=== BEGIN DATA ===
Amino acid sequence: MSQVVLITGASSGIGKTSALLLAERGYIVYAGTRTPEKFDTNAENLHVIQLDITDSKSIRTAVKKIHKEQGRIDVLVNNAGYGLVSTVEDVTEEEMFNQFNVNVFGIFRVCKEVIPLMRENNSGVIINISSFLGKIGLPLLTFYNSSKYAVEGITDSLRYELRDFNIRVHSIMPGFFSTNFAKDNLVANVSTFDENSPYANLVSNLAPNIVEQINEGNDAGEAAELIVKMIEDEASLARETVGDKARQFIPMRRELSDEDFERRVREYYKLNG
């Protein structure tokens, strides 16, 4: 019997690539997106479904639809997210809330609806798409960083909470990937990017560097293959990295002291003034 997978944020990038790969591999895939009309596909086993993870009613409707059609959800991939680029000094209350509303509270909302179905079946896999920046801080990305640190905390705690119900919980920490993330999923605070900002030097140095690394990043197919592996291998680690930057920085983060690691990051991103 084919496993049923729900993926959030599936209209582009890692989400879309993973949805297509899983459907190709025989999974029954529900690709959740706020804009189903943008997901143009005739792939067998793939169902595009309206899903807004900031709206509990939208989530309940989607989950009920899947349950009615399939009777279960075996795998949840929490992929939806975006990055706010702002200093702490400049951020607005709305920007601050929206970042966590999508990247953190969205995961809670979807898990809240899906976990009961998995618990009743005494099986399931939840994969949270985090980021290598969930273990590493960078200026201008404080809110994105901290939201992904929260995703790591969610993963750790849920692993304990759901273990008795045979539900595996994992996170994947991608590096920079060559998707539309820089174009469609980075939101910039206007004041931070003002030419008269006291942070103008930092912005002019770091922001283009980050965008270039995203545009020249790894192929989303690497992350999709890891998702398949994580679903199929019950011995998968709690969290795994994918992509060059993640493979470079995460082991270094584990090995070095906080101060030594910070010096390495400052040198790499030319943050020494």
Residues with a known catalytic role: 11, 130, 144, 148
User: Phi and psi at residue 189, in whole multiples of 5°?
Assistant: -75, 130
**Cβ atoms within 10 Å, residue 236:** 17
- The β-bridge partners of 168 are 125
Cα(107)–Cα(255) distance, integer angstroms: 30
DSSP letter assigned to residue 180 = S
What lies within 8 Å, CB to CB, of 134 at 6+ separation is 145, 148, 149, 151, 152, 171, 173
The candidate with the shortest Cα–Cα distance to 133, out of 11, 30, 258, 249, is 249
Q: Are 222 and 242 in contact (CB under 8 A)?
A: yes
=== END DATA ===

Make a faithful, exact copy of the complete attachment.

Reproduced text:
Amino acid sequence: MSQVVLITGASSGIGKTSALLLAERGYIVYAGTRTPEKFDTNAENLHVIQLDITDSKSIRTAVKKIHKEQGRIDVLVNNAGYGLVSTVEDVTEEEMFNQFNVNVFGIFRVCKEVIPLMRENNSGVIINISSFLGKIGLPLLTFYNSSKYAVEGITDSLRYELRDFNIRVHSIMPGFFSTNFAKDNLVANVSTFDENSPYANLVSNLAPNIVEQINEGNDAGEAAELIVKMIEDEASLARETVGDKARQFIPMRRELSDEDFERRVREYYKLNG
């Protein structure tokens, strides 16, 4: 019997690539997106479904639809997210809330609806798409960083909470990937990017560097293959990295002291003034 997978944020990038790969591999895939009309596909086993993870009613409707059609959800991939680029000094209350509303509270909302179905079946896999920046801080990305640190905390705690119900919980920490993330999923605070900002030097140095690394990043197919592996291998680690930057920085983060690691990051991103 084919496993049923729900993926959030599936209209582009890692989400879309993973949805297509899983459907190709025989999974029954529900690709959740706020804009189903943008997901143009005739792939067998793939169902595009309206899903807004900031709206509990939208989530309940989607989950009920899947349950009615399939009777279960075996795998949840929490992929939806975006990055706010702002200093702490400049951020607005709305920007601050929206970042966590999508990247953190969205995961809670979807898990809240899906976990009961998995618990009743005494099986399931939840994969949270985090980021290598969930273990590493960078200026201008404080809110994105901290939201992904929260995703790591969610993963750790849920692993304990759901273990008795045979539900595996994992996170994947991608590096920079060559998707539309820089174009469609980075939101910039206007004041931070003002030419008269006291942070103008930092912005002019770091922001283009980050965008270039995203545009020249790894192929989303690497992350999709890891998702398949994580679903199929019950011995998968709690969290795994994918992509060059993640493979470079995460082991270094584990090995070095906080101060030594910070010096390495400052040198790499030319943050020494």
Residues with a known catalytic role: 11, 130, 144, 148
User: Phi and psi at residue 189, in whole multiples of 5°?
Assistant: -75, 130
**Cβ atoms within 10 Å, residue 236:** 17
- The β-bridge partners of 168 are 125
Cα(107)–Cα(255) distance, integer angstroms: 30
DSSP letter assigned to residue 180 = S
What lies within 8 Å, CB to CB, of 134 at 6+ separation is 145, 148, 149, 151, 152, 171, 173
The candidate with the shortest Cα–Cα distance to 133, out of 11, 30, 258, 249, is 249
Q: Are 222 and 242 in contact (CB under 8 A)?
A: yes